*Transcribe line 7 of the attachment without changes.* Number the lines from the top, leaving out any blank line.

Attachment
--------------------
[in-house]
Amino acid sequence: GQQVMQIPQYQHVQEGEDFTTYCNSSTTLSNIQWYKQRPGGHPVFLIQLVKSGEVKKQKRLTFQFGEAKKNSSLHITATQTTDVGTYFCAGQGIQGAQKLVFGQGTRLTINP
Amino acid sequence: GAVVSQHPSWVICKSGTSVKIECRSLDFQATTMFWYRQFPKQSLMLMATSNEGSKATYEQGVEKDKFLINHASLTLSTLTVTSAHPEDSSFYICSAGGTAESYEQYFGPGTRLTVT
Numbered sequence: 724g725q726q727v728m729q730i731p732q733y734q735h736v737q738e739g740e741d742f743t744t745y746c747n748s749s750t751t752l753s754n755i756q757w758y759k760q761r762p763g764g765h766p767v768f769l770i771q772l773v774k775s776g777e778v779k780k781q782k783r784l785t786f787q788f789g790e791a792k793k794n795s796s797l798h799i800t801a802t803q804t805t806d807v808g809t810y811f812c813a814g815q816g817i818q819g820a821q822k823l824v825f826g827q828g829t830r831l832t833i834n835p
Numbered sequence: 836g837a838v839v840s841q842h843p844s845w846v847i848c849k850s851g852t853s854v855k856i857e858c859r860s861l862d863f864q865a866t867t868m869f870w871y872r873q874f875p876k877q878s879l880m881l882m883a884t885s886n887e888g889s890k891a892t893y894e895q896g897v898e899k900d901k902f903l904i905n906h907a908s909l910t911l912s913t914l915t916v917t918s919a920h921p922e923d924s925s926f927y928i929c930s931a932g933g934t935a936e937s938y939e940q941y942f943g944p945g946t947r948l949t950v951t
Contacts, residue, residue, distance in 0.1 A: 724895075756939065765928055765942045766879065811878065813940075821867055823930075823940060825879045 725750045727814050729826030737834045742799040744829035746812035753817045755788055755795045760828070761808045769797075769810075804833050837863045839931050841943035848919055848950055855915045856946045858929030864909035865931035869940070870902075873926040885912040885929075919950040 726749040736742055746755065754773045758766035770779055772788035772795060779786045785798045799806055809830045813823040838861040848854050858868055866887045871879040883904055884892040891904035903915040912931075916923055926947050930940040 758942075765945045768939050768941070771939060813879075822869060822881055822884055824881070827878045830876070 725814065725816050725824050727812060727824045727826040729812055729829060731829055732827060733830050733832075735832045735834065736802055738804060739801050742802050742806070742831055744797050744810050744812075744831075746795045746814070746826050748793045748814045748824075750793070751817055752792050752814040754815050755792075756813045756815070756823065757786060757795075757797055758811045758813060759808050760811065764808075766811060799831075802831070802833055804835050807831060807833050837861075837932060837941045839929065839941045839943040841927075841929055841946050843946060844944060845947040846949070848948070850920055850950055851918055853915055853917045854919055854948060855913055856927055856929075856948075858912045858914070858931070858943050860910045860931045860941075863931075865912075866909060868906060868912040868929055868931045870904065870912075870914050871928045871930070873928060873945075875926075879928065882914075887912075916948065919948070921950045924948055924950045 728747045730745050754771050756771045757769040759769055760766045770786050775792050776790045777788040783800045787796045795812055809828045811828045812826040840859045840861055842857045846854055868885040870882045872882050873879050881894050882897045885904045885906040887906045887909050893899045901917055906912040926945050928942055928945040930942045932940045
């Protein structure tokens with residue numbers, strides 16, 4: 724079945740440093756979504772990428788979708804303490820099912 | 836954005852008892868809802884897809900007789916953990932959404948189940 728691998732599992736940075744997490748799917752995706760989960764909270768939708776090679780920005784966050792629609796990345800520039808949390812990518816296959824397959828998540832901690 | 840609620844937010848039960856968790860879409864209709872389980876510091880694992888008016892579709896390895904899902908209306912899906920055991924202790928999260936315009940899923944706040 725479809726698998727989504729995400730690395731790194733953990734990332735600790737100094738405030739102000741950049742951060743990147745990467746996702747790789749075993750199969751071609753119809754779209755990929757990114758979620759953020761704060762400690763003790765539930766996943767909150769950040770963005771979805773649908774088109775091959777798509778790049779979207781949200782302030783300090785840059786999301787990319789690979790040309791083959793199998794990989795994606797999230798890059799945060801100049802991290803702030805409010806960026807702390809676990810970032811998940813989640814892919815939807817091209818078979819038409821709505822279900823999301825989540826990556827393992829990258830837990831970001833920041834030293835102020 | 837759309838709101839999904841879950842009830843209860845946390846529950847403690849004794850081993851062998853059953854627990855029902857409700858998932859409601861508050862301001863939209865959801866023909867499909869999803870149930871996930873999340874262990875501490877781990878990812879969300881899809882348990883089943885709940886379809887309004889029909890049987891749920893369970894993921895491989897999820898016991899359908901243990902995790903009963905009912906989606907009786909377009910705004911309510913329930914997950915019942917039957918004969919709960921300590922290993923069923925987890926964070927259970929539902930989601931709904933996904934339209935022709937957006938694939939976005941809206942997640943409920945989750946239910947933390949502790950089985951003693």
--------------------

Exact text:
């Protein structure tokens with residue numbers, strides 16, 4: 724079945740440093756979504772990428788979708804303490820099912 | 836954005852008892868809802884897809900007789916953990932959404948189940 728691998732599992736940075744997490748799917752995706760989960764909270768939708776090679780920005784966050792629609796990345800520039808949390812990518816296959824397959828998540832901690 | 840609620844937010848039960856968790860879409864209709872389980876510091880694992888008016892579709896390895904899902908209306912899906920055991924202790928999260936315009940899923944706040 725479809726698998727989504729995400730690395731790194733953990734990332735600790737100094738405030739102000741950049742951060743990147745990467746996702747790789749075993750199969751071609753119809754779209755990929757990114758979620759953020761704060762400690763003790765539930766996943767909150769950040770963005771979805773649908774088109775091959777798509778790049779979207781949200782302030783300090785840059786999301787990319789690979790040309791083959793199998794990989795994606797999230798890059799945060801100049802991290803702030805409010806960026807702390809676990810970032811998940813989640814892919815939807817091209818078979819038409821709505822279900823999301825989540826990556827393992829990258830837990831970001833920041834030293835102020 | 837759309838709101839999904841879950842009830843209860845946390846529950847403690849004794850081993851062998853059953854627990855029902857409700858998932859409601861508050862301001863939209865959801866023909867499909869999803870149930871996930873999340874262990875501490877781990878990812879969300881899809882348990883089943885709940886379809887309004889029909890049987891749920893369970894993921895491989897999820898016991899359908901243990902995790903009963905009912906989606907009786909377009910705004911309510913329930914997950915019942917039957918004969919709960921300590922290993923069923925987890926964070927259970929539902930989601931709904933996904934339209935022709937957006938694939939976005941809206942997640943409920945989750946239910947933390949502790950089985951003693």